For Jeremy Guthrie and Mark Hendrickson, Saturday was unforgettable. And it had nothing to do with the rain in Florida that wiped out four games.

The Baltimore Orioles chose Guthrie to start on opening day, giving the prestigious assignment to a pitcher with just 26 major league starts and seven wins.

The Florida Marlins decided to go with Hendrickson, who has a 5.01 career ERA and was signed in January to provide depth for an injury-ravaged rotation.

Guthrie, a rookie in 2007, moved to the front of the rotation when the Orioles traded ace Erik Bedard to Seattle.

"The guy certainly showed us what he can do last season. He's had a tremendous spring," manager Dave Trembley said before the Orioles and Marlins were rained out in Fort Lauderdale, Fla. "I think it's the right thing to do. I think it sets up the rest of the rotation the best possible way."

Guthrie will start at home against Tampa Bay on March 31.

A year ago, Guthrie fought his way onto the Orioles' staff after being claimed on waivers from Cleveland during the offseason. A first-round pick by the Indians in 2002, Guthrie moved into the Baltimore rotation by May, finishing the year at 7-5 with a 3.70 ERA in 32 appearances, including 26 starts.

"It's a great honor ... to have the confidence of (Trembley), and I felt the same from my team, from my teammates — that they feel if I'm out there, we have a chance to win," Guthrie said.

The 28-year-old, who struck out 123 in 175 1-3 innings in 2007, was 6-5 with a 3.44 ERA as a starter, and allowed two or more runs in only three of his first 17 starts last year.

Right-hander Daniel Cabrera, left-hander Adam Loewen and right-hander Steve Trachsel, signed to a minor league contract with a spring training invitation, should be part of the starting five. The fifth starter's job is still up for grabs between right-hander Matt Albers and left-hander Brian Burres, or the Orioles could round out the rotation through a trade or waiver claim.

"I'm not close to it at all ... I'm going to wait until I say it," Trembley said.

In the other clubhouse, manager Fredi Gonzalez announced that Hendrickson would start the Marlins' season opener March 31 against the New York Mets at Dolphin Stadium.

"He pitched terrific in spring training and he's our veteran guy," Gonzalez said. "The way he's pitched in spring training, he deserves it."

The 33-year-old has a 1.69 ERA through four starts this spring. In his last outing, March 18 against the Los Angeles Dodgers, the 6-foot-9 lefty gave up three hits in six scoreless innings.

"It's a nice honor. It's not something that many pitchers can say they got an opportunity to do. For me, I'm just going to approach it like any other start," Hendrickson said.

One of 11 players to suit up in both the NBA and Major League Baseball, Hendrickson was 4-8 with a 5.21 ERA for the Dodgers in 2007. He signed a $1.5 million, one-year deal with the Marlins in January to add an innings-eating veteran to a young rotation.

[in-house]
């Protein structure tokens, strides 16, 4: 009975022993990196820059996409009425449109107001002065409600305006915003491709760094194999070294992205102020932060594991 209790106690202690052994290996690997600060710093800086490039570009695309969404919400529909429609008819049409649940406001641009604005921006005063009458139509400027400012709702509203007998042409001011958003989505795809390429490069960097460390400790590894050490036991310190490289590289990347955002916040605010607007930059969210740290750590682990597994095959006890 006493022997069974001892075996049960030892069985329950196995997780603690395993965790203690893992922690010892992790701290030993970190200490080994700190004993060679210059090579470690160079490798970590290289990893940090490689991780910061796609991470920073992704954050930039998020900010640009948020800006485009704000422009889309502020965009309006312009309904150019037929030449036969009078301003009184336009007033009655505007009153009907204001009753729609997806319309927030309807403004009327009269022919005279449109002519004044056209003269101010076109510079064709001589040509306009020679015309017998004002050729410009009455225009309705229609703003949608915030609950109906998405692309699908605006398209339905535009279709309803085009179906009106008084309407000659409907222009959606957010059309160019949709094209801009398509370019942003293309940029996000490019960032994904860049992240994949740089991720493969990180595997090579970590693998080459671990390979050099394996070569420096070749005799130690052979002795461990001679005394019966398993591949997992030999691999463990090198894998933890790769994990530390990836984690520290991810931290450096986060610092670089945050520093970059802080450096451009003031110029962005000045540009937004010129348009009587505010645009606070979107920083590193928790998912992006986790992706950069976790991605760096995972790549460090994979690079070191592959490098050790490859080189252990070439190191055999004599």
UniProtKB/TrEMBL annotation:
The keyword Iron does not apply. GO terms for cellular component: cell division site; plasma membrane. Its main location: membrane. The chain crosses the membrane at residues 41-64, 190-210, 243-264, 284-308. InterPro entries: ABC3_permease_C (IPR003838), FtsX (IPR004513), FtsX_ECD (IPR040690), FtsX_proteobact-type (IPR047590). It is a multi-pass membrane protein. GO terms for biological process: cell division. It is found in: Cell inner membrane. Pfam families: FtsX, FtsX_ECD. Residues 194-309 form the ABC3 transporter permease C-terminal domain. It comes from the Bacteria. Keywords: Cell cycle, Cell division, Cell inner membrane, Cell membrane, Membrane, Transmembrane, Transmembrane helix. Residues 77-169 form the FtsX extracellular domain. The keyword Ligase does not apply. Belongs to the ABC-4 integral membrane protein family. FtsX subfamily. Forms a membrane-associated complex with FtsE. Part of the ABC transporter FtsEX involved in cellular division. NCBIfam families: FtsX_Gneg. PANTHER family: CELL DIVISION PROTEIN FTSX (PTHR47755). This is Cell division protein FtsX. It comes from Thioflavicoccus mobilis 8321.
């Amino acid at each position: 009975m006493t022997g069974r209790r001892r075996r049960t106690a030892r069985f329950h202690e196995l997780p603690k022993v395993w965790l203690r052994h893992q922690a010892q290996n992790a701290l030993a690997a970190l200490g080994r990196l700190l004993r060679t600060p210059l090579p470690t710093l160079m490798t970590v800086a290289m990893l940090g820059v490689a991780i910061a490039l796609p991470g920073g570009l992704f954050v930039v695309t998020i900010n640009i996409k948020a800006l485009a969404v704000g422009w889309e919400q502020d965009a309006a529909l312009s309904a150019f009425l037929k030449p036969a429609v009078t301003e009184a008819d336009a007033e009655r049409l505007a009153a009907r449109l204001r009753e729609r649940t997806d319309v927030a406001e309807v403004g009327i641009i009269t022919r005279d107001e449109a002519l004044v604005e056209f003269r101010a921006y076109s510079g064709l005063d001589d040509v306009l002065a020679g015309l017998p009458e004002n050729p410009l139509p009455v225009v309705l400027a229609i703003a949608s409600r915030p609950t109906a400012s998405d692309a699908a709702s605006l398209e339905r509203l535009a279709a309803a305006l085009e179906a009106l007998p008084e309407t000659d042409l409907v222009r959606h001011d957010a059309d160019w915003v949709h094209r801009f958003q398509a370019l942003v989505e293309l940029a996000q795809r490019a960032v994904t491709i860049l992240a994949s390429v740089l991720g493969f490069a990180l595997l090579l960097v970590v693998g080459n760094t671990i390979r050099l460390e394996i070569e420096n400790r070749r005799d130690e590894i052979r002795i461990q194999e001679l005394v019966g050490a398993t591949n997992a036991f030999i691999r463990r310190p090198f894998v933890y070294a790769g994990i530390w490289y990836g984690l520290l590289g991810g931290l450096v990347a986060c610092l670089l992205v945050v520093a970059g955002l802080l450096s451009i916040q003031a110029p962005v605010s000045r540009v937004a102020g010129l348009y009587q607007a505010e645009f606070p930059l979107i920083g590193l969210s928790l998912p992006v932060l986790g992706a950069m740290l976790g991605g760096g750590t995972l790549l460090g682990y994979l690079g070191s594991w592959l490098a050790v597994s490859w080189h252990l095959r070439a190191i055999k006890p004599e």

In other news, three-time All-Star Javy Lopez retired after being reassigned to the Atlanta Braves' minor league camp, ending his bid to return to the majors as a backup catcher.

Yankees second baseman Robinson Cano didn't start because of back stiffness but said he'd be ready to go Sunday. Manager Joe Girardi said he wasn't concerned.

St. Louis starter Mark Mulder took another positive step in his comeback, facing hitters for the first time since undergoing shoulder surgery in September.

Dodgers second baseman Jeff Kent played in a simulated game and also did some light running, but manager Joe Torre said Kent wasn't running freely and likely wouldn't be ready to play until next week at the earliest.

And Pirates second baseman Freddy Sanchez will see a specialist on Monday to try to determine the cause of shoulder pain that has limited the two-time All-Star infielder to only two appearances in the field this spring.

GW, ST. JOE'S OPEN NATS' NEW PARK: A week before the Washington Nationals' new ballpark officially opens, the George Washington Colonials and St. Joseph's Hawks pleased their fans with a test run.

The hometown Colonials christened the 41,000-seat, $611 million Nationals Park with a 9-4 win over the Hawks on a cool, overcast Saturday afternoon. The Nationals host the Atlanta Braves on March 30. They will debut in the park the evening before in their preseason finale against the Baltimore Orioles.

Tickets to Saturday's game were free but limited to students, staff and alumni of each school. Fans filled the only places they were permitted to sit in the not-quite-finished park — three sections behind each dugout in the lower bowl. Many said they were glad to get a sneak peak of the park, located on the Anacostia River, 13 blocks south of the Capitol.

"In the future they'll say, 'Who was the first game here?' and they'll say, 'Oh it was probably a Nationals game," said Karl Boettcher, a George Washington alumnus. "It was actually a GW (game). It'll be a trivia question."

The Colonials' Charlie Kruer registered the first hit in the park, a grounder off Jason Hessler down the third-base line in the first inning. Kruer then scored the first run when Andrew Abokhair hit the ball off Hessler's shoulder and into left field.